Today Baby Aaron and I celebrate reaching 28 weeks together. Twenty-eight weeks!!
Since many Trisomy 13 babies die in utero in the early weeks of pregnancy, each week that I get with my little guy is a small miracle for me, and I celebrate each one! And I know Aaron does, too, because I feel the joy coming from inside my belly. I do, I really do! He kicks me, and he starts to move whenever the kids talk into my belly, and I just know he is loving life in there, safe inside his mama. He is growing and getting stronger. He is living his best life.
As my due date draws nearer (December 1st) I find myself worrying about a crazy thing, something that I’ve never had to worry about before. What if this baby is born strong enough that he gets to come home? That’s a crazy worry to have, right? That your baby might come home? I know this isn’t something a mother should “worry” about — in fact, she should expect for her baby to come home from the hospital. But for me, although I want more time with Aaron and love the idea of him coming home, the possible reality of that has me concerned. Actually, “concerned” is putting it lightly. The thought stresses me out just a bit.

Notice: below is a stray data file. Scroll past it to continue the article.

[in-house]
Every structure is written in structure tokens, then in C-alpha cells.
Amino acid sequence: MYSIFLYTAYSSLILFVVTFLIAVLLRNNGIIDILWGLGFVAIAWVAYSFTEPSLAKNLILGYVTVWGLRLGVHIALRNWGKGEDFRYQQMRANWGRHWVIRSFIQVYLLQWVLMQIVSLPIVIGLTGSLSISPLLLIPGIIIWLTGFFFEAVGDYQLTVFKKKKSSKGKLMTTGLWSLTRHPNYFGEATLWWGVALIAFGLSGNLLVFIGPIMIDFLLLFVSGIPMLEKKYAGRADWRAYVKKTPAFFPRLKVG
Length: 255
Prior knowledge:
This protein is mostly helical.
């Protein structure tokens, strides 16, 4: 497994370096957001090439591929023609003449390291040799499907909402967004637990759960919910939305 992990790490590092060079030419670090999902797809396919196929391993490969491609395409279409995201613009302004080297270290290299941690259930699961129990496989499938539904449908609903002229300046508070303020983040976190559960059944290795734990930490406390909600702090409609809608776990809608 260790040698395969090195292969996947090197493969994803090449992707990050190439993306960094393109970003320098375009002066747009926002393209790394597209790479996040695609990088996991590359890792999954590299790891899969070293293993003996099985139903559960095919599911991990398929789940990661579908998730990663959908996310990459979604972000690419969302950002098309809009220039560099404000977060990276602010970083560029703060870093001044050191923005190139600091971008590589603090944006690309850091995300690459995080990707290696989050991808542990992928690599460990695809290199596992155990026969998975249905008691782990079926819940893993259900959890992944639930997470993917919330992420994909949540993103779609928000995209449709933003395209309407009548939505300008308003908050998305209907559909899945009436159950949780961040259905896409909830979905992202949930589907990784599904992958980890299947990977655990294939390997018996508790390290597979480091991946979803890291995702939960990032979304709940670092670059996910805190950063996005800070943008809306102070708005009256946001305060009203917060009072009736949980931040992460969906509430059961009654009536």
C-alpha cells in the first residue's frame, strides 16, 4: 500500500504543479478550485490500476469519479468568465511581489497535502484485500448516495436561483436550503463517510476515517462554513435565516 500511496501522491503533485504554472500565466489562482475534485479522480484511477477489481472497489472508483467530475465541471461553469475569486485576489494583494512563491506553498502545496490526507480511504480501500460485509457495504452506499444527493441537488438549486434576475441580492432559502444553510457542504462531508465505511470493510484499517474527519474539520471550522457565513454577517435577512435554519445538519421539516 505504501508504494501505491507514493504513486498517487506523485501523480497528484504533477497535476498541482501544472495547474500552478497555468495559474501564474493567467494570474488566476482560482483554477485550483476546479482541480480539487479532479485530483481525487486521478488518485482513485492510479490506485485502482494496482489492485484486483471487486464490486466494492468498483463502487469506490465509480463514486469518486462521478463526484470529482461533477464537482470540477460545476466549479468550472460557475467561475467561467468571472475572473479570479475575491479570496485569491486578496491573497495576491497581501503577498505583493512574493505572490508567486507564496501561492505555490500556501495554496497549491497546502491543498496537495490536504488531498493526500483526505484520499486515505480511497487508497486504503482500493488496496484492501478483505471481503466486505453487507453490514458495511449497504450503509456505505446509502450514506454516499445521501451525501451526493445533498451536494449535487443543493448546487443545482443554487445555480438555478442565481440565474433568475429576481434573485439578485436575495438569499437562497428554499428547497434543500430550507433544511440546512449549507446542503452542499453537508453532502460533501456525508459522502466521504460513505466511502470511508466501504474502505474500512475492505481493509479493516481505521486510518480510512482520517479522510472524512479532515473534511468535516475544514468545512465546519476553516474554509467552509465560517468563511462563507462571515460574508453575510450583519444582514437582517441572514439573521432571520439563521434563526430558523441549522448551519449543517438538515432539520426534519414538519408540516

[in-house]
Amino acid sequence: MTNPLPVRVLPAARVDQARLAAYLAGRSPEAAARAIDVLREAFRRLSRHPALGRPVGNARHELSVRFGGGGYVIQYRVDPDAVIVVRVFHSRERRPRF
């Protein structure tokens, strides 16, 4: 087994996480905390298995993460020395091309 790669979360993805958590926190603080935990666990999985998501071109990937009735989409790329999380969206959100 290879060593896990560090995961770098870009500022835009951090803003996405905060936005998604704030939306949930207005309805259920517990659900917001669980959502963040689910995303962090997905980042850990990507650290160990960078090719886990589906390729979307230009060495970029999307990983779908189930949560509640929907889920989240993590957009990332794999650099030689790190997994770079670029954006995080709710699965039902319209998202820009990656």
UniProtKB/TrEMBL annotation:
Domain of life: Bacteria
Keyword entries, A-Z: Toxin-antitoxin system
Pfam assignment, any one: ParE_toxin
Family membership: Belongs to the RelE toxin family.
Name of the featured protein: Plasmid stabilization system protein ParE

What IF he doesn’t pass away within 2.5 days after birth, as the statistics say? If by some miracle Aaron is strong enough to come home to live with us for a time, he will need more care than the typical newborn – way more care. He will need to be watched 24/7 in case he stops breathing due to apnea spells, which is a very common occurrence in T13 babies. I will need to learn infant CPR, and at some point I will probably have to revive my own baby. I think that thought alone would scare just about any mother. He will not be able to breastfeed due to his bilateral cleft lip and palate, so his feedings will be difficult, done either with a special bottle (if he has a sucking reflex, which most T13 babies don’t) or more likely through a feeding tube. There is so much involved in caring for T13 babies. How am I going to handle all his special needs plus still do all that I need to do for all my other kids on a daily basis? It seems impossible.
And so all the worrying got me thinking. Why am I worrying about this? And here’s the answer: It’s because I have time to worry. I have known about Aaron’s condition since he was 16 weeks gestation. I have had plenty of time to research all of the what-if’s and statistics and future care that he will need IF he should come home from the hospital. And when you have time, your mind can imagine all sorts of things. You have the time to doubt yourself and your ability to handle the situation. I have been warned months in advance that a high needs, medically fragile baby is on the way. And although I love him so much, it is frightening to think that he might actually come home and that his daily care will be on me. All on me.
So then I have to wonder, is knowing beforehand such a good thing?